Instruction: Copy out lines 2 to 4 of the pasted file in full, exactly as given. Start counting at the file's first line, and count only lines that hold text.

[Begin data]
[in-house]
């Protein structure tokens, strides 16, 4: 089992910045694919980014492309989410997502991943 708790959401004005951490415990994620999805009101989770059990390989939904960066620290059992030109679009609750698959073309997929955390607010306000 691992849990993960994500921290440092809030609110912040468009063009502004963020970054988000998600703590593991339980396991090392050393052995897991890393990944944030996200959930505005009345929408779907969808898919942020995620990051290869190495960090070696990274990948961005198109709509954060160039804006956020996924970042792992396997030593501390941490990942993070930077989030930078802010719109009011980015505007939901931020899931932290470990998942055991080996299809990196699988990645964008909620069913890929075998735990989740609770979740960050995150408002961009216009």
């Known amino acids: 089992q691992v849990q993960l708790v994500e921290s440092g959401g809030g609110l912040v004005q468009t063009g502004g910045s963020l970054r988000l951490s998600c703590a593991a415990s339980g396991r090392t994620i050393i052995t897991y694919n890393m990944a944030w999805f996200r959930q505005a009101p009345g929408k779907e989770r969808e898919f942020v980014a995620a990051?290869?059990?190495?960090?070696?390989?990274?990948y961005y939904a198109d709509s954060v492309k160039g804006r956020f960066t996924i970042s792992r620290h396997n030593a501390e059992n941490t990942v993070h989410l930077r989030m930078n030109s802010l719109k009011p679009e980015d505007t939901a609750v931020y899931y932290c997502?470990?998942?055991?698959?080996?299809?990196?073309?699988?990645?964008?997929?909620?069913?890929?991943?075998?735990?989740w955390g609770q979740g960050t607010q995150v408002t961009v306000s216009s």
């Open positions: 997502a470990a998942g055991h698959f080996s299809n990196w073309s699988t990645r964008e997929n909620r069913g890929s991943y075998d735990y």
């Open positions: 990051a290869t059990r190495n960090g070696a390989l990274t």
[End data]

């Protein structure tokens, strides 16, 4: 089992910045694919980014492309989410997502991943 708790959401004005951490415990994620999805009101989770059990390989939904960066620290059992030109679009609750698959073309997929955390607010306000 691992849990993960994500921290440092809030609110912040468009063009502004963020970054988000998600703590593991339980396991090392050393052995897991890393990944944030996200959930505005009345929408779907969808898919942020995620990051290869190495960090070696990274990948961005198109709509954060160039804006956020996924970042792992396997030593501390941490990942993070930077989030930078802010719109009011980015505007939901931020899931932290470990998942055991080996299809990196699988990645964008909620069913890929075998735990989740609770979740960050995150408002961009216009």
């Known amino acids: 089992q691992v849990q993960l708790v994500e921290s440092g959401g809030g609110l912040v004005q468009t063009g502004g910045s963020l970054r988000l951490s998600c703590a593991a415990s339980g396991r090392t994620i050393i052995t897991y694919n890393m990944a944030w999805f996200r959930q505005a009101p009345g929408k779907e989770r969808e898919f942020v980014a995620a990051?290869?059990?190495?960090?070696?390989?990274?990948y961005y939904a198109d709509s954060v492309k160039g804006r956020f960066t996924i970042s792992r620290h396997n030593a501390e059992n941490t990942v993070h989410l930077r989030m930078n030109s802010l719109k009011p679009e980015d505007t939901a609750v931020y899931y932290c997502?470990?998942?055991?698959?080996?299809?990196?073309?699988?990645?964008?997929?909620?069913?890929?991943?075998?735990?989740w955390g609770q979740g960050t607010q995150v408002t961009v306000s216009s």
């Open positions: 997502a470990a998942g055991h698959f080996s299809n990196w073309s699988t990645r964008e997929n909620r069913g890929s991943y075998d735990y």